1:1 The words of the Teacher, the son of David, king in Jerusalem:
1:2 “Futile! Futile!” laments the Teacher,
“Absolutely futile! Everything is futile!”
1:3 What benefit do people get from all the effort
which they expend on earth?
1:4 A generation comes and a generation goes,
but the earth remains the same through the ages.
1:5 The sun rises and the sun sets;
it hurries away to a place from which it rises again.
1:6 The wind goes to the south and circles around to the north;
round and round the wind goes and on its rounds it returns.
1:7 All the streams flow into the sea, but the sea is not full,
and to the place where the streams flow, there they will flow again.
1:8 All this monotony is tiresome; no one can bear to describe it:
The eye is never satisfied with seeing, nor is the ear ever content with hearing.
1:9 What exists now is what will be,
and what has been done is what will be done;
there is nothing truly new on earth.
1:10 Is there anything about which someone can say, “Look at this! It is new!”?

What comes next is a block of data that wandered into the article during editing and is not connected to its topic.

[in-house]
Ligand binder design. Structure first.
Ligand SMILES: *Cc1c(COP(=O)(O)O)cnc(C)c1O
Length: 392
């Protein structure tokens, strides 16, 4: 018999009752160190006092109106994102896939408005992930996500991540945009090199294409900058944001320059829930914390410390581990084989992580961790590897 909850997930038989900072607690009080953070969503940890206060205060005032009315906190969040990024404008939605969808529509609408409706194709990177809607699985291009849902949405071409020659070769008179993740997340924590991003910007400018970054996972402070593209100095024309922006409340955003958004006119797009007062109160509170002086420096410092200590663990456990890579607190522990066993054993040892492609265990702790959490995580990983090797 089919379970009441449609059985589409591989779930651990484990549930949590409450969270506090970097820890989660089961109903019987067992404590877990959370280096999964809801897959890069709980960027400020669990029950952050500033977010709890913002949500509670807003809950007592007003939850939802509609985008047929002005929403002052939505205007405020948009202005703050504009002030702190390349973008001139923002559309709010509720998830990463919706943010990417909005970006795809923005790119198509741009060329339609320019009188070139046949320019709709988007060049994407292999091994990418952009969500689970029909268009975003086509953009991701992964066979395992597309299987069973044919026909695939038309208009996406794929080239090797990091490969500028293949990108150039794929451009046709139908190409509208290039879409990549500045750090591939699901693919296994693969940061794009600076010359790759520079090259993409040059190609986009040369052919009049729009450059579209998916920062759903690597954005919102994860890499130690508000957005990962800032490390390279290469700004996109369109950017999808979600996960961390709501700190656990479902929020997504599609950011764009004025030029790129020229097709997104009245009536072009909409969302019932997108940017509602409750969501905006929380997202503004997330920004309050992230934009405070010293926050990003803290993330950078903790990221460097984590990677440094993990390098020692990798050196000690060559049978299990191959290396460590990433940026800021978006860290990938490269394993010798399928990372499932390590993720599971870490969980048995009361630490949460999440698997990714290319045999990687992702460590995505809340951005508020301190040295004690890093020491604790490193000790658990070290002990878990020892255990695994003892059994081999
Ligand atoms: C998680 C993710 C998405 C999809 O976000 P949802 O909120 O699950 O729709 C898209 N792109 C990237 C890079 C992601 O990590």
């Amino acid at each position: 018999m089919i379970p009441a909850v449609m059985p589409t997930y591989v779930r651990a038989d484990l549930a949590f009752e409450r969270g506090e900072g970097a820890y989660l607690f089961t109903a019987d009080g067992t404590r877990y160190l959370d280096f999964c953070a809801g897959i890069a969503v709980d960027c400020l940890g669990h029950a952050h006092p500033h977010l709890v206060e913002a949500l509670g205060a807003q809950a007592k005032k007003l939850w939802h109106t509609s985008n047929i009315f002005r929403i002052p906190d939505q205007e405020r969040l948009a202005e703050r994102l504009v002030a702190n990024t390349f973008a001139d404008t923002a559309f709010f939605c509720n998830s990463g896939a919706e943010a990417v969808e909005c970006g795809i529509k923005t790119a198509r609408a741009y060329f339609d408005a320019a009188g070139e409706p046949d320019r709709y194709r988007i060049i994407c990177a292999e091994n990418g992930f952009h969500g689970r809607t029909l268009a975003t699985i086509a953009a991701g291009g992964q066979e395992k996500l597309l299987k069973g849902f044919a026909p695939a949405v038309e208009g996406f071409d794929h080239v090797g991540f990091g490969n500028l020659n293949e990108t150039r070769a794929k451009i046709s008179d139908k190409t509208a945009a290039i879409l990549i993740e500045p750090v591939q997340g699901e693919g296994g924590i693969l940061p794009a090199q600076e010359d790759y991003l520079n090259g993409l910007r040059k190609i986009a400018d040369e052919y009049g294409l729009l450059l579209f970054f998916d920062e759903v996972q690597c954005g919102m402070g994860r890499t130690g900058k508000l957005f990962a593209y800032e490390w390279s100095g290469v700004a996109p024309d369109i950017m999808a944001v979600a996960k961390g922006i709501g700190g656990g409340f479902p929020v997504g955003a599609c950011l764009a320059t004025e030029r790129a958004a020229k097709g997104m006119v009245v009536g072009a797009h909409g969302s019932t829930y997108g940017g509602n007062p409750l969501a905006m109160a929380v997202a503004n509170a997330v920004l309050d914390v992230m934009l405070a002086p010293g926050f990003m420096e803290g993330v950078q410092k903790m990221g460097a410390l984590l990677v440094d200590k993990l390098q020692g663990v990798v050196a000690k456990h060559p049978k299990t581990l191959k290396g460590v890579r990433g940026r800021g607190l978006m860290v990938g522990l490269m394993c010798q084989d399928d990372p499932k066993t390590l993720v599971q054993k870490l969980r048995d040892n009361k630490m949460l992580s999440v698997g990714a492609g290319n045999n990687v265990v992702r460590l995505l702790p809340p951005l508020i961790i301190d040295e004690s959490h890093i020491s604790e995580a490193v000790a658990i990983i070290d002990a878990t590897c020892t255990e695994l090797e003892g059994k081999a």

It was already done long ago, before our time.
1:11 No one remembers the former events,
nor will anyone remember the events that are yet to happen;
they will not be remembered by the future generations.
1:12 I, the Teacher, have been king over Israel in Jerusalem.
1:13 I decided to carefully and thoroughly examine
all that has been accomplished on earth.
I concluded: God has given people a burdensome task
that keeps them occupied.
1:14 I reflected on everything that is accomplished by man on earth,
and I concluded: Everything he has accomplished is futile – like chasing the wind!
1:15 What is bent cannot be straightened,
and what is missing cannot be supplied.
1:16 I thought to myself,
“I have become much wiser than any of my predecessors who ruled over Jerusalem;
I have acquired much wisdom and knowledge.”
1:17 So I decided to discern the benefit of wisdom and knowledge over foolish behavior and ideas;
however, I concluded that even this endeavor is like trying to chase the wind!
1:18 For with great wisdom comes great frustration;
whoever increases his knowledge merely increases his heartache.